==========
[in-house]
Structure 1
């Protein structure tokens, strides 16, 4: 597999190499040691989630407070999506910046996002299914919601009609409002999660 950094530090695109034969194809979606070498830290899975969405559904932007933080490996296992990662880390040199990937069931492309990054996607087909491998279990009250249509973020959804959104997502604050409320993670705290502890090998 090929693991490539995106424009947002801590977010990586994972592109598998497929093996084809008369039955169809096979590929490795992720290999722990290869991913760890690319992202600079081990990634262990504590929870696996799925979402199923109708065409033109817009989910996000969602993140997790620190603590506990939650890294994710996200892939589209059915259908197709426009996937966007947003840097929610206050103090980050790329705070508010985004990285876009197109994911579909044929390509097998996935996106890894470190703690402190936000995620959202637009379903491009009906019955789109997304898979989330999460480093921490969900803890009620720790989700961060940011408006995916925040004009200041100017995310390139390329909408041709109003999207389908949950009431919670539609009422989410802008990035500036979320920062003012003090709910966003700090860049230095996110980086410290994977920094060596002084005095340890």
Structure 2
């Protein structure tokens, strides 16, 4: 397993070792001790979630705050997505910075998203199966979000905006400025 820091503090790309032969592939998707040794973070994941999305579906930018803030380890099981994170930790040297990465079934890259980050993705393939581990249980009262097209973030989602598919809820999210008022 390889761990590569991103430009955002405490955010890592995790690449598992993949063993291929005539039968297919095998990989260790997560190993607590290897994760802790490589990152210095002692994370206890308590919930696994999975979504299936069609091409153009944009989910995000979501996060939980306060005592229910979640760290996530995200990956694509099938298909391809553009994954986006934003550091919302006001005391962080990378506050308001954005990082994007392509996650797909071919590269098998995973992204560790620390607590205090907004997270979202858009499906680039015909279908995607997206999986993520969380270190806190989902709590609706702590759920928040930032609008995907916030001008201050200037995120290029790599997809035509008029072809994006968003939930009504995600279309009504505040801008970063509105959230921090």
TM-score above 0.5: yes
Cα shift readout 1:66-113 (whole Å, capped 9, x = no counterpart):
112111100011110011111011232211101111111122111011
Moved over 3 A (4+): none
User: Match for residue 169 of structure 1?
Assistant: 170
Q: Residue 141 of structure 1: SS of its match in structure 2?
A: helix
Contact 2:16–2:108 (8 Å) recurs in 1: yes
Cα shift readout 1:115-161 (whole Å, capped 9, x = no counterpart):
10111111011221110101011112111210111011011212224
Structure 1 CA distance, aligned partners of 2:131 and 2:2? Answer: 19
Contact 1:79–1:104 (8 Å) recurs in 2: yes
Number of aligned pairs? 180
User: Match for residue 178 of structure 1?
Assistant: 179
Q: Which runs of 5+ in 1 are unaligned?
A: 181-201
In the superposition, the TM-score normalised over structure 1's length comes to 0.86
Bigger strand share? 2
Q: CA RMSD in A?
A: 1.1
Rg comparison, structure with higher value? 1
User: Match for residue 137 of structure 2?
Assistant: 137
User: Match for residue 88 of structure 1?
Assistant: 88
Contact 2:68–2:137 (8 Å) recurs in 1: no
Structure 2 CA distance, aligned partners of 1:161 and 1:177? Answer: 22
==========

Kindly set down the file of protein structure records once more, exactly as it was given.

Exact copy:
[in-house]
Structure 1
């Protein structure tokens, strides 16, 4: 597999190499040691989630407070999506910046996002299914919601009609409002999660 950094530090695109034969194809979606070498830290899975969405559904932007933080490996296992990662880390040199990937069931492309990054996607087909491998279990009250249509973020959804959104997502604050409320993670705290502890090998 090929693991490539995106424009947002801590977010990586994972592109598998497929093996084809008369039955169809096979590929490795992720290999722990290869991913760890690319992202600079081990990634262990504590929870696996799925979402199923109708065409033109817009989910996000969602993140997790620190603590506990939650890294994710996200892939589209059915259908197709426009996937966007947003840097929610206050103090980050790329705070508010985004990285876009197109994911579909044929390509097998996935996106890894470190703690402190936000995620959202637009379903491009009906019955789109997304898979989330999460480093921490969900803890009620720790989700961060940011408006995916925040004009200041100017995310390139390329909408041709109003999207389908949950009431919670539609009422989410802008990035500036979320920062003012003090709910966003700090860049230095996110980086410290994977920094060596002084005095340890």
Structure 2
């Protein structure tokens, strides 16, 4: 397993070792001790979630705050997505910075998203199966979000905006400025 820091503090790309032969592939998707040794973070994941999305579906930018803030380890099981994170930790040297990465079934890259980050993705393939581990249980009262097209973030989602598919809820999210008022 390889761990590569991103430009955002405490955010890592995790690449598992993949063993291929005539039968297919095998990989260790997560190993607590290897994760802790490589990152210095002692994370206890308590919930696994999975979504299936069609091409153009944009989910995000979501996060939980306060005592229910979640760290996530995200990956694509099938298909391809553009994954986006934003550091919302006001005391962080990378506050308001954005990082994007392509996650797909071919590269098998995973992204560790620390607590205090907004997270979202858009499906680039015909279908995607997206999986993520969380270190806190989902709590609706702590759920928040930032609008995907916030001008201050200037995120290029790599997809035509008029072809994006968003939930009504995600279309009504505040801008970063509105959230921090």
TM-score above 0.5: yes
Cα shift readout 1:66-113 (whole Å, capped 9, x = no counterpart):
112111100011110011111011232211101111111122111011
Moved over 3 A (4+): none
User: Match for residue 169 of structure 1?
Assistant: 170
Q: Residue 141 of structure 1: SS of its match in structure 2?
A: helix
Contact 2:16–2:108 (8 Å) recurs in 1: yes
Cα shift readout 1:115-161 (whole Å, capped 9, x = no counterpart):
10111111011221110101011112111210111011011212224
Structure 1 CA distance, aligned partners of 2:131 and 2:2? Answer: 19
Contact 1:79–1:104 (8 Å) recurs in 2: yes
Number of aligned pairs? 180
User: Match for residue 178 of structure 1?
Assistant: 179
Q: Which runs of 5+ in 1 are unaligned?
A: 181-201
In the superposition, the TM-score normalised over structure 1's length comes to 0.86
Bigger strand share? 2
Q: CA RMSD in A?
A: 1.1
Rg comparison, structure with higher value? 1
User: Match for residue 137 of structure 2?
Assistant: 137
User: Match for residue 88 of structure 1?
Assistant: 88
Contact 2:68–2:137 (8 Å) recurs in 1: no
Structure 2 CA distance, aligned partners of 1:161 and 1:177? Answer: 22